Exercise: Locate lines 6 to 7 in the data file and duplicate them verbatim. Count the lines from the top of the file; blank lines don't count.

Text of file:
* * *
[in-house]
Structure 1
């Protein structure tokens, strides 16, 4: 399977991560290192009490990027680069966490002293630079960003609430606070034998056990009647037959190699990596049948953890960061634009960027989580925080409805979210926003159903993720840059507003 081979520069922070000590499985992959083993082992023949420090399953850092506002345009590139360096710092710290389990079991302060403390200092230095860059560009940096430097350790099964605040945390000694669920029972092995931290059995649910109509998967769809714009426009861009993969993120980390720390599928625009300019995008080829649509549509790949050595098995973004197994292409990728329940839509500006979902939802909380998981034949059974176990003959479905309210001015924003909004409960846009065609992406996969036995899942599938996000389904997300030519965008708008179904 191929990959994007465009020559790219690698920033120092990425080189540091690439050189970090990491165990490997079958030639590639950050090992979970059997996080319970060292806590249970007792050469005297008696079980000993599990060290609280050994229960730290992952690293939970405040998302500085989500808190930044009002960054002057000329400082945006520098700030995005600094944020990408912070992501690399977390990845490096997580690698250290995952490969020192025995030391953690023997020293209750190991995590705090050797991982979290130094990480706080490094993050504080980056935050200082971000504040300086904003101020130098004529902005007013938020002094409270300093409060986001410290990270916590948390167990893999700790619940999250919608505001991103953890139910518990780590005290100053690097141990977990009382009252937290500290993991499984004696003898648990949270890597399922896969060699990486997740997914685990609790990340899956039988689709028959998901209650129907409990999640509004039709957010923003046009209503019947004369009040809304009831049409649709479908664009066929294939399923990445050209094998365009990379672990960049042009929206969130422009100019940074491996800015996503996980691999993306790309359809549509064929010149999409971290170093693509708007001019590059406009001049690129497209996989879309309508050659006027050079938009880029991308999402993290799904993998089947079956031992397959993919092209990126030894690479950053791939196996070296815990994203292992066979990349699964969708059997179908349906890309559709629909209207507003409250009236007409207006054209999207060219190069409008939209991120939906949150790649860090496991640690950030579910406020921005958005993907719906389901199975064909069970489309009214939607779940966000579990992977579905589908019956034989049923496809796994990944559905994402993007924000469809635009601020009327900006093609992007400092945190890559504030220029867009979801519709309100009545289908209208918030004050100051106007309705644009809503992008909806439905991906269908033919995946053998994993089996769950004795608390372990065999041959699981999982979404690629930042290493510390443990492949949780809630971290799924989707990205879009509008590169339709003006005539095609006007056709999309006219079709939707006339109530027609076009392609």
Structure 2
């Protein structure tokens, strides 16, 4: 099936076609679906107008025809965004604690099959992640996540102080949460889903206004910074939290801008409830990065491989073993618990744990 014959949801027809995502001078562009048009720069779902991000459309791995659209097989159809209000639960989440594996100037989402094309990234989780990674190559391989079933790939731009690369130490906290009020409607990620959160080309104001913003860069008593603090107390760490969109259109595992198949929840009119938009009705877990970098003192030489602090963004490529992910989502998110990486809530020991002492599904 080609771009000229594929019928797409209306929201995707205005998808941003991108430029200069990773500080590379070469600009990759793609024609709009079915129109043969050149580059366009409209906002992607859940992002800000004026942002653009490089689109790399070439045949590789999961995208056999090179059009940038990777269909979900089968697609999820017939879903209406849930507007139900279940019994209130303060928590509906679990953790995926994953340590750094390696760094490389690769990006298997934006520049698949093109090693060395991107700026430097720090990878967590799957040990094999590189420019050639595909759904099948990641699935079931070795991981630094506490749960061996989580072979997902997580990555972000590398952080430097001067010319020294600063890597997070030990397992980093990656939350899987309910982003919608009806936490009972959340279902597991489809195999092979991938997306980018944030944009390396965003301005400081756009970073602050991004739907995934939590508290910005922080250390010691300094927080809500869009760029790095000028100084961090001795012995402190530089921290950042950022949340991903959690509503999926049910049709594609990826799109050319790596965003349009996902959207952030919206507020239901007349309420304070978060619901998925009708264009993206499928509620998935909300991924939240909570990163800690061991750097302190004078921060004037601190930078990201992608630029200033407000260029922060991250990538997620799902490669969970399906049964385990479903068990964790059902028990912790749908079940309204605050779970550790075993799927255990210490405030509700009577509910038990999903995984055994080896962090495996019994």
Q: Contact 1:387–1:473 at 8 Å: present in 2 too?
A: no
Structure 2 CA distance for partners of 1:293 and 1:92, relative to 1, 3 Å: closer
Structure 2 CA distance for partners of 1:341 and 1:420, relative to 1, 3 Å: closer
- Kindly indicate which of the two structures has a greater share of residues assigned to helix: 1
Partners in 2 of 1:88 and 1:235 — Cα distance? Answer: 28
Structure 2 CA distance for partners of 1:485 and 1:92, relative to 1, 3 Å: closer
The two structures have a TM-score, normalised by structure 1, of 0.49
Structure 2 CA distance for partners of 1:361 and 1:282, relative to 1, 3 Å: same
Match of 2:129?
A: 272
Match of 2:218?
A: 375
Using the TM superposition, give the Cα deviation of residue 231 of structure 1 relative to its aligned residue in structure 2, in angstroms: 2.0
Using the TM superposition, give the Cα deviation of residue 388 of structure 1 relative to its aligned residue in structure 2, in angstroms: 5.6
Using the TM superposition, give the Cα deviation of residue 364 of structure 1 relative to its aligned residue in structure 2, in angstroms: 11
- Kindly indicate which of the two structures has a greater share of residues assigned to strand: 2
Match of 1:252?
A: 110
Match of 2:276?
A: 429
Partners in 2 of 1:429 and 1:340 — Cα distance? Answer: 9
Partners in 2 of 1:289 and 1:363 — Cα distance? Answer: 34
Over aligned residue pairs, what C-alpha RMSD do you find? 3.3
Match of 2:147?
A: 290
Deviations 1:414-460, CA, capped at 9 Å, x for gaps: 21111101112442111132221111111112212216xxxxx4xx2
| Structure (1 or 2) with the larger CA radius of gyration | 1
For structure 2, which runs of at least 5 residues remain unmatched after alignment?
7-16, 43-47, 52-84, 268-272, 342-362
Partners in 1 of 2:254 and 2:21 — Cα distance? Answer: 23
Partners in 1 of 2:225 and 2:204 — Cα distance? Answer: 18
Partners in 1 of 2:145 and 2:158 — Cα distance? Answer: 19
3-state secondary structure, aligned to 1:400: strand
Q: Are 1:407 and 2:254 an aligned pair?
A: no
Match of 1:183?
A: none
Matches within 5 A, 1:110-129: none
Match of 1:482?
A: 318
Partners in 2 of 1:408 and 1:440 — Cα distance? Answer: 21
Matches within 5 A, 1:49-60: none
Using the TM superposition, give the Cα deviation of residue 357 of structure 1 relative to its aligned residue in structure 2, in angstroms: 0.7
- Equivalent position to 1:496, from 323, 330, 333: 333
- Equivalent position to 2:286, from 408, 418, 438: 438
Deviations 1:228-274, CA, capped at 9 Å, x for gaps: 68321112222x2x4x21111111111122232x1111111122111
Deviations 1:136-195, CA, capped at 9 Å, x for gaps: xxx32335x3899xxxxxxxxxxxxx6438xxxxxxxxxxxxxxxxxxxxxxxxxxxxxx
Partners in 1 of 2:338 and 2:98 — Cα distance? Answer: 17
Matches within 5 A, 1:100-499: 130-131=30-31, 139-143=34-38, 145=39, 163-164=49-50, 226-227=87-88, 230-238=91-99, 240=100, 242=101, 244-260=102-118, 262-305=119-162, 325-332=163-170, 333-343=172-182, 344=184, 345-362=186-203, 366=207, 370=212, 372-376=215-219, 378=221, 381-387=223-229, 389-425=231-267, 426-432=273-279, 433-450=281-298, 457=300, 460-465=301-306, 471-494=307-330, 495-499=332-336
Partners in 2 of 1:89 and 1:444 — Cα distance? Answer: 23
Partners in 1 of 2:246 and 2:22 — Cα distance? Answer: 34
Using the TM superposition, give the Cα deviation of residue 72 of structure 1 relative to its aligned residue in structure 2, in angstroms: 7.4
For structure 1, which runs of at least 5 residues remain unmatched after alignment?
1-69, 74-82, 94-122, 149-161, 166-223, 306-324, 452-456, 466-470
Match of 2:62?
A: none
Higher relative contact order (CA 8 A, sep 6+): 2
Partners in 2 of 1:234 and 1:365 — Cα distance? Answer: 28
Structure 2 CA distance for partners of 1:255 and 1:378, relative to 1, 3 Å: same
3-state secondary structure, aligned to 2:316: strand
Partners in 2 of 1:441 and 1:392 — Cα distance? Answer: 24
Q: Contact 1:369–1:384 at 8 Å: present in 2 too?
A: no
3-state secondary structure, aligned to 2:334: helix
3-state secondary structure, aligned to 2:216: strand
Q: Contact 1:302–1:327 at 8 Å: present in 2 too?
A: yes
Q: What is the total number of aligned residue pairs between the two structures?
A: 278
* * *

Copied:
Q: Contact 1:387–1:473 at 8 Å: present in 2 too?
A: no